Anderson Fair presents Slaid Cleaves.
At seven lines and a tight 19 words, the definitive Slaid Cleaves bio — written with humble but poetic economy by the artist himself — neatly sums up everything you really need to know about the man:
Slaid Cleaves. Grew up in Maine. Lives in Texas. Writes songs. Makes Records. Travels around. Tries to be good.
Granted, there’s a whole lot of story and details that can be shoehorned in there to pad and flesh it out. But until “writes,” “makes,” “travels” and “tries” are all made past-tense and one final line is tacked on for an epitaph — hopefully something along the lines of, “Died full” — all that’s really called for, from time to time, is a footnote or two to bring folks up to speed on his latest batch of literate, sepia-toned Americana songcraft. This year’s bounty comes baring the admittedly foreboding title of Everything You Love Will be Taken Away, but fans of the Austin-based singer-songwriter needn’t fear: Everything you love about the man’s singular voice and music is still very much . There’s been some notable changes made, all in the name of artistic growth, but rest assured: all that living, writing songs, making records, traveling around and trying to be good has, par for his course, made Slaid Cleaves even better.
Everything You Love . . . is the followup to 2006‘s Unsung, a lovingly crafted collection of covers written by some of Cleaves’ favorite — if somewhat lesser known — fellow travelers on the troubadour road. But it’s been a good five years since Cleaves’ last album of self-penned songs, 2004’s acclaimed Wishbones, which fans had waited nearly as long for in the afterglow of the songwriter’s 2000 breakthrough, Broke Down. But though Cleaves may never be confused with the infamously prolific Ryan Adams, his slow-and-steady-wins-the-race pace, not unlike that of Guy Clark, yields albums full of uncommonly fine-tuned songs built to stand the test of time. To the long list of past road- and radio-proven Cleaves classics (“No Angel Knows,” “Horseshoe Lounge,” “Broke Down,” “One Good Year,” “New Year’s Day,” “Wishbones,” “Drinking’ Days,” etc.), one can now add highlights from the new album like “Hard to Believe,” “Beyond Love,” “Temporary” and especially the opening “Cry,” from which Everything You Love’s title was taken.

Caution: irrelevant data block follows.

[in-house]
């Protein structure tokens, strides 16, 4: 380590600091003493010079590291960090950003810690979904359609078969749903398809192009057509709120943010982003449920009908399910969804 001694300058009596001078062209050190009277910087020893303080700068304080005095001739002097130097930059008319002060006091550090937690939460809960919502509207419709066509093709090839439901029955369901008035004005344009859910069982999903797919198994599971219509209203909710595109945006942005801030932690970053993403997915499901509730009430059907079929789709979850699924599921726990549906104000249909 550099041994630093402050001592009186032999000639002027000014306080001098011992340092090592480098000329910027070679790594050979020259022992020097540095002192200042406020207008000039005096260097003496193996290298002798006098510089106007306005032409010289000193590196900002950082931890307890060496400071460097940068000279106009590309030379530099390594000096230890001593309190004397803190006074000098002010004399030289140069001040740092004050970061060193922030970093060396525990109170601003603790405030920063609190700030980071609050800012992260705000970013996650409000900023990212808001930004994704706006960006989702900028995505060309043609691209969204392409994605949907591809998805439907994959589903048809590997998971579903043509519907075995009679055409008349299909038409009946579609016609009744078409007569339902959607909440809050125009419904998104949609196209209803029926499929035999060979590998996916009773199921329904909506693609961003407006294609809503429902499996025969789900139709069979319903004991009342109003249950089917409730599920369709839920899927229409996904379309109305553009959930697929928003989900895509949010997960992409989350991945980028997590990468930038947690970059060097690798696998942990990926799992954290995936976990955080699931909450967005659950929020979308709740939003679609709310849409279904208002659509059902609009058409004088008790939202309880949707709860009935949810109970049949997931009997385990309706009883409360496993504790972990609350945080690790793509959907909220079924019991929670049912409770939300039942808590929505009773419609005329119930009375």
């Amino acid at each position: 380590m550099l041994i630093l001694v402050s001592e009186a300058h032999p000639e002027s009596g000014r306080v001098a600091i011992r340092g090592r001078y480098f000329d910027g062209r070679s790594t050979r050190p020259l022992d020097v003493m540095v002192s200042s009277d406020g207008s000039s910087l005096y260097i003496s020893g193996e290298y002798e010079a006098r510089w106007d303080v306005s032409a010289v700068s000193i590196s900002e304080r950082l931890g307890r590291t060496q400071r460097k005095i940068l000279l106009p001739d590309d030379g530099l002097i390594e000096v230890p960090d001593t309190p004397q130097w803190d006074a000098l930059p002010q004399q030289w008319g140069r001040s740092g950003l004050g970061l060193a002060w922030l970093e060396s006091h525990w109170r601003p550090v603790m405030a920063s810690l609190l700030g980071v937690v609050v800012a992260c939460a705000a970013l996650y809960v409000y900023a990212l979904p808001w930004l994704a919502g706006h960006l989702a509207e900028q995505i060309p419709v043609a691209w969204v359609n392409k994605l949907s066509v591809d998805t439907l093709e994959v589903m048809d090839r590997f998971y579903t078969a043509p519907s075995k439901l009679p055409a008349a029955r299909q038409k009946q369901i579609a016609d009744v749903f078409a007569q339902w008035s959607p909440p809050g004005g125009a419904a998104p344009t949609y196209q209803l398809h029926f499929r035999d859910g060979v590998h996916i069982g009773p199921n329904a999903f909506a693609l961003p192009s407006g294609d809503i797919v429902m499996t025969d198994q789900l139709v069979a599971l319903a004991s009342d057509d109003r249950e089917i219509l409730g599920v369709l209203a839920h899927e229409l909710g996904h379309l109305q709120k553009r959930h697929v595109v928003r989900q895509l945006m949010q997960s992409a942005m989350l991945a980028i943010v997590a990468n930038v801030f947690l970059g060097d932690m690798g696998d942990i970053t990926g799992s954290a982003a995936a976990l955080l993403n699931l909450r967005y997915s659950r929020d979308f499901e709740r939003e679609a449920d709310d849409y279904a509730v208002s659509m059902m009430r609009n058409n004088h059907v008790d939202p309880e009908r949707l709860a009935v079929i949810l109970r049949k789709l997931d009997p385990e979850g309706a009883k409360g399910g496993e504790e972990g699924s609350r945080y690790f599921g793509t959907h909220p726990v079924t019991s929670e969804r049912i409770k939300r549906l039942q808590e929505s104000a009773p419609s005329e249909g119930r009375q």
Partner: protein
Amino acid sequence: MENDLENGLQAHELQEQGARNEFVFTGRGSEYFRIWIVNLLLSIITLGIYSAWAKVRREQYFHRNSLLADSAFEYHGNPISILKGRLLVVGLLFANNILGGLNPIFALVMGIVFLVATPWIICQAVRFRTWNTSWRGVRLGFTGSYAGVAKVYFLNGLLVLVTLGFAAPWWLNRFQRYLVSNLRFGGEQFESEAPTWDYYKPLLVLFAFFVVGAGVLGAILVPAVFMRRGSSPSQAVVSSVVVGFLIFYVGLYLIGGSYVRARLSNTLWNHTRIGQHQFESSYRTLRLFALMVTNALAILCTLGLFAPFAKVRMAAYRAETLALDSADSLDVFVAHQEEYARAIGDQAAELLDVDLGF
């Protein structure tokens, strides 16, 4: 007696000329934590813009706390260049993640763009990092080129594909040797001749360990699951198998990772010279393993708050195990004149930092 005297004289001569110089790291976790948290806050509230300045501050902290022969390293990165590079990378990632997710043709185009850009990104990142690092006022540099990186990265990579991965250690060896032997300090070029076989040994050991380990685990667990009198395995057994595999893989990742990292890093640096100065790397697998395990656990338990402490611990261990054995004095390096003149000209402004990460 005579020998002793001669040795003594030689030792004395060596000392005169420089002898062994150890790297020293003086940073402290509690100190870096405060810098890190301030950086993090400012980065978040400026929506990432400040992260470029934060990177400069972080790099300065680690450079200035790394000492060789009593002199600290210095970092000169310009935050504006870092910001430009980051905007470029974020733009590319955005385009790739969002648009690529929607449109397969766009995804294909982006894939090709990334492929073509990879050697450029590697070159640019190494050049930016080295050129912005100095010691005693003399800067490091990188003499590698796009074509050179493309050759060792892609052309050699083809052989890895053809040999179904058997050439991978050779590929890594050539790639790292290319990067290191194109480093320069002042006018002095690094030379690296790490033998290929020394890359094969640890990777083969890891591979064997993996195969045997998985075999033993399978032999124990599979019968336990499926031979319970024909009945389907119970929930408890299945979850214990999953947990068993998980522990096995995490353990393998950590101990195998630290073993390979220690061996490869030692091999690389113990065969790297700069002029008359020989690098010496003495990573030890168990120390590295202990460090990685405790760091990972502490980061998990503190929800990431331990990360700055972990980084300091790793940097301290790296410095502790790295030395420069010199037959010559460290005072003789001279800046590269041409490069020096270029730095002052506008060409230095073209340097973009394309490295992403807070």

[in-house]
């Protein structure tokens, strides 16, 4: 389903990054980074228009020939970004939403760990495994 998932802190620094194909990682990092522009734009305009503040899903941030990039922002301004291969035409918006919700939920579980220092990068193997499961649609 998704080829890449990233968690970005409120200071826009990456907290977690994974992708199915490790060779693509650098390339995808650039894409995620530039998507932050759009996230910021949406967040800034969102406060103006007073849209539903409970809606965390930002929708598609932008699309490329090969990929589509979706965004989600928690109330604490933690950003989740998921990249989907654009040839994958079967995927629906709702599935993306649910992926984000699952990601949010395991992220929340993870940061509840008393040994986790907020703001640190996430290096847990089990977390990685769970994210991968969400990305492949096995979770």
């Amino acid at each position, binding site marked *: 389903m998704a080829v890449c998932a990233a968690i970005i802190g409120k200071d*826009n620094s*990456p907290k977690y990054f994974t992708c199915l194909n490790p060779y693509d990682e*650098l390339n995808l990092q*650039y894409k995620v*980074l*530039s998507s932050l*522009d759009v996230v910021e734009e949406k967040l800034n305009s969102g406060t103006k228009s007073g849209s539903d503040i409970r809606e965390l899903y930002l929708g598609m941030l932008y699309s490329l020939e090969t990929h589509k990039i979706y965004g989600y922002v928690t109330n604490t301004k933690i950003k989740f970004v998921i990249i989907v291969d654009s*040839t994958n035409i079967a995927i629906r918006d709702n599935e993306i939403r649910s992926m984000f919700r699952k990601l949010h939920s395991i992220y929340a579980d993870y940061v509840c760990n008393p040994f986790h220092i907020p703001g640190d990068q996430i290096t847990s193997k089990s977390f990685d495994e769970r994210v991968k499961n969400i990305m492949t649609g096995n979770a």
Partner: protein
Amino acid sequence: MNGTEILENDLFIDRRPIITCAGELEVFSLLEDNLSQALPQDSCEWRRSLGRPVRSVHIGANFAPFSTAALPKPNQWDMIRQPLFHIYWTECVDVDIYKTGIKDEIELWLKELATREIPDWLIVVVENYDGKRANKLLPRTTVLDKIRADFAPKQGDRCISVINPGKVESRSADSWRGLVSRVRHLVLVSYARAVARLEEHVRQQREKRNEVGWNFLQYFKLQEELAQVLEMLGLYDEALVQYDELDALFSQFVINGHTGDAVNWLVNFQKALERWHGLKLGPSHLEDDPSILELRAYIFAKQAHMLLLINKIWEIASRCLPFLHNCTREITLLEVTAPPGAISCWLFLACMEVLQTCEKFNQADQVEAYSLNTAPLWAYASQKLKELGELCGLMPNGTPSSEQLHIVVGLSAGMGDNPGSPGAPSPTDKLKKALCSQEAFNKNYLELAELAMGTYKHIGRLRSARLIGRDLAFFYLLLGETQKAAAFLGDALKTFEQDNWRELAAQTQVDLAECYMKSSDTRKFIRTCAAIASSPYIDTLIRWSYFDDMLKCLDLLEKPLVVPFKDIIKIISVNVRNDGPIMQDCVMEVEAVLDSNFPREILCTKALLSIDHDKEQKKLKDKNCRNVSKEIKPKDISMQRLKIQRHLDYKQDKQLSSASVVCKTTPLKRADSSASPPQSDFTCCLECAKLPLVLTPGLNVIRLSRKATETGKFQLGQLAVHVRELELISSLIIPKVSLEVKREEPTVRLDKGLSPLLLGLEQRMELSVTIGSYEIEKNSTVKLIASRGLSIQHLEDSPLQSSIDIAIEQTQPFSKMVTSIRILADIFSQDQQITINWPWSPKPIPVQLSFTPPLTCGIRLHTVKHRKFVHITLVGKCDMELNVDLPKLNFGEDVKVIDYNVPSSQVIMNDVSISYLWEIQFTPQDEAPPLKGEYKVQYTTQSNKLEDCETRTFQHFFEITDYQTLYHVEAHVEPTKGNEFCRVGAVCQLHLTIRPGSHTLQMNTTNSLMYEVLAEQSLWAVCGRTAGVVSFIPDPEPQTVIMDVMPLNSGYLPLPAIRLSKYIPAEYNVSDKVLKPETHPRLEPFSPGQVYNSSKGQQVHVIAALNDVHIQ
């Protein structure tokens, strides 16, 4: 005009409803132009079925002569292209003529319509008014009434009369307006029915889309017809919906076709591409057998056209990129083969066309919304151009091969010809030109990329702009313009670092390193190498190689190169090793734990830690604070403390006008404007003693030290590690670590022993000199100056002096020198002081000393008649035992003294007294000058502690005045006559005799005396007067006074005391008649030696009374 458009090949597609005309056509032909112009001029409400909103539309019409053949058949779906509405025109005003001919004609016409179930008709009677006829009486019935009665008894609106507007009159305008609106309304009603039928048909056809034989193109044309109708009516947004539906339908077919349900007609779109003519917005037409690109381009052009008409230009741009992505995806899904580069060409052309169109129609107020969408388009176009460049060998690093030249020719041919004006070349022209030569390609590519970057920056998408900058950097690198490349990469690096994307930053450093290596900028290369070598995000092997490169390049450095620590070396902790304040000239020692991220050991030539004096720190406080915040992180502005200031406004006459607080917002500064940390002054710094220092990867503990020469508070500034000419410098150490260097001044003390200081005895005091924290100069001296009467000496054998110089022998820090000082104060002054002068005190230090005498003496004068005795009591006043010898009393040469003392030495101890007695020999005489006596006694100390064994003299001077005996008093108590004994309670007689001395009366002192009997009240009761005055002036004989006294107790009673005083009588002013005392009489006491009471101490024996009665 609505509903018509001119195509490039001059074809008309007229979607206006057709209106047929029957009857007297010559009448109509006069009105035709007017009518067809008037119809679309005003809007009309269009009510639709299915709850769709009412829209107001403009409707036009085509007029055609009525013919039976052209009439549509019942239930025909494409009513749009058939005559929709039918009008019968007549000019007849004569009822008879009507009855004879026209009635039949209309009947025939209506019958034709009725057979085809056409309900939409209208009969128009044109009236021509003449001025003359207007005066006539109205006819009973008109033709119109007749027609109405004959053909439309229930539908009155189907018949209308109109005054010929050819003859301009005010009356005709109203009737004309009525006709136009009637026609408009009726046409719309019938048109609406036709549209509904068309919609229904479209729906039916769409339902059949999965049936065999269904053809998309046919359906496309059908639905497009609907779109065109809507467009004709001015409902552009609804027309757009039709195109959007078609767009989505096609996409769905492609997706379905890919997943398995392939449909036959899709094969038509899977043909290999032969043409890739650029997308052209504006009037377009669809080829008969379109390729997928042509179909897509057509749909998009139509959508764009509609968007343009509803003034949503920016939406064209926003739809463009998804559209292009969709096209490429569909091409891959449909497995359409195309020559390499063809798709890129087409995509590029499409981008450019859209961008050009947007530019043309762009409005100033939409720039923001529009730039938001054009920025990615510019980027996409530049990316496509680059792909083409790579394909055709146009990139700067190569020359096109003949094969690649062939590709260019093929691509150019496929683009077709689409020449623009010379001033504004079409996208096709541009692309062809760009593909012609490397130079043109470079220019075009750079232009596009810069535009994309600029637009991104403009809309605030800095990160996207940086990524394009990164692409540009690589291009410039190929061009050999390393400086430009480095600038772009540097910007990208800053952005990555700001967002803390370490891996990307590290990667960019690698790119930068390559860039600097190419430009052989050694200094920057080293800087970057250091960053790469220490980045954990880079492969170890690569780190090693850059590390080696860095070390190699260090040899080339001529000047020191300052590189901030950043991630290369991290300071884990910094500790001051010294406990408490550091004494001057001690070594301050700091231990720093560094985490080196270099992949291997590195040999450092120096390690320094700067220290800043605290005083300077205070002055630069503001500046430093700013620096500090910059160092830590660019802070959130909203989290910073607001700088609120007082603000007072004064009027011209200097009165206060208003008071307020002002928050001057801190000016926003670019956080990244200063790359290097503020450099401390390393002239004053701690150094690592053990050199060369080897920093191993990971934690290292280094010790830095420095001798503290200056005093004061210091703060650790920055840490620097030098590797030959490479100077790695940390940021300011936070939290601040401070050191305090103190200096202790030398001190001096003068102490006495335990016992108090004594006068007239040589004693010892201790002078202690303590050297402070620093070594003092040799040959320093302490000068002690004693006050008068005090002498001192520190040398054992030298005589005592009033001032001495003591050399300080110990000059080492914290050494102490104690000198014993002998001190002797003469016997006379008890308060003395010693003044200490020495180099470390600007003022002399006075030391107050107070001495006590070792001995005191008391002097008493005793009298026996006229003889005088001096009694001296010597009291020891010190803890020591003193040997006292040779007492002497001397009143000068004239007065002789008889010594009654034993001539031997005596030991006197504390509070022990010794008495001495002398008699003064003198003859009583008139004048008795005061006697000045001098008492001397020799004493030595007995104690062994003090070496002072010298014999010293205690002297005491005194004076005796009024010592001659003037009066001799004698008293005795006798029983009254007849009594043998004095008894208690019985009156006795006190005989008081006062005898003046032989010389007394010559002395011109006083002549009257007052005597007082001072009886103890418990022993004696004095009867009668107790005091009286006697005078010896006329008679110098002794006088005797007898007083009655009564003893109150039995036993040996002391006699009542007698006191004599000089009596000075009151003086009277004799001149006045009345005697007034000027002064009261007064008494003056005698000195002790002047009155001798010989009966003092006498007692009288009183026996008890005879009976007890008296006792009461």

“I think of that song as sort of a breakthrough,” Cleaves says of “Cry,” which from the very first listen jumps out as not only one of the most emotionally trenchant songs of his career, but also arguably one of his catchiest. “showcases a shift in focus that I've taken with this record. It's a bit more internal, personal. I actually recorded that song four separate times, because from the start it like something new and special, and I wasn't quite sure how to present it. I always felt like this e could go the way if I did it right. I thought it had the bones of a thoroughbred.”
“Cry” may be the centerpiece of Everything You Love Will be Taken Away, but it is not the only “not typical” Slaid moment here. Although character studies like “Black T Shirt” and “Tumbleweed Stew” showcase Cleaves as the portrait-painting writer fans know best, by and large, everything else about the album — from the songs to the cover art to the title itself — represents a conscious effort to break the mold.
“I’ve been putting out records for 12, 15 years now, so most of the people who listen to this kind of music know who I am,” Cleaves says. “So I was very concerned with the possibility of inducing yawns if I were to just put out the same kind of record. And to reflect the different feel of this record I felt it needed to be presented differently. That’s how I chose the title; originally it was going to be Hard to Believe, which sounds like a ‘typical’ Slaid Cleaves record. I commissioned an illustration for the cover because I didn’t want yet another black and white picture of my face — I wanted some color and creativity and emotion there.”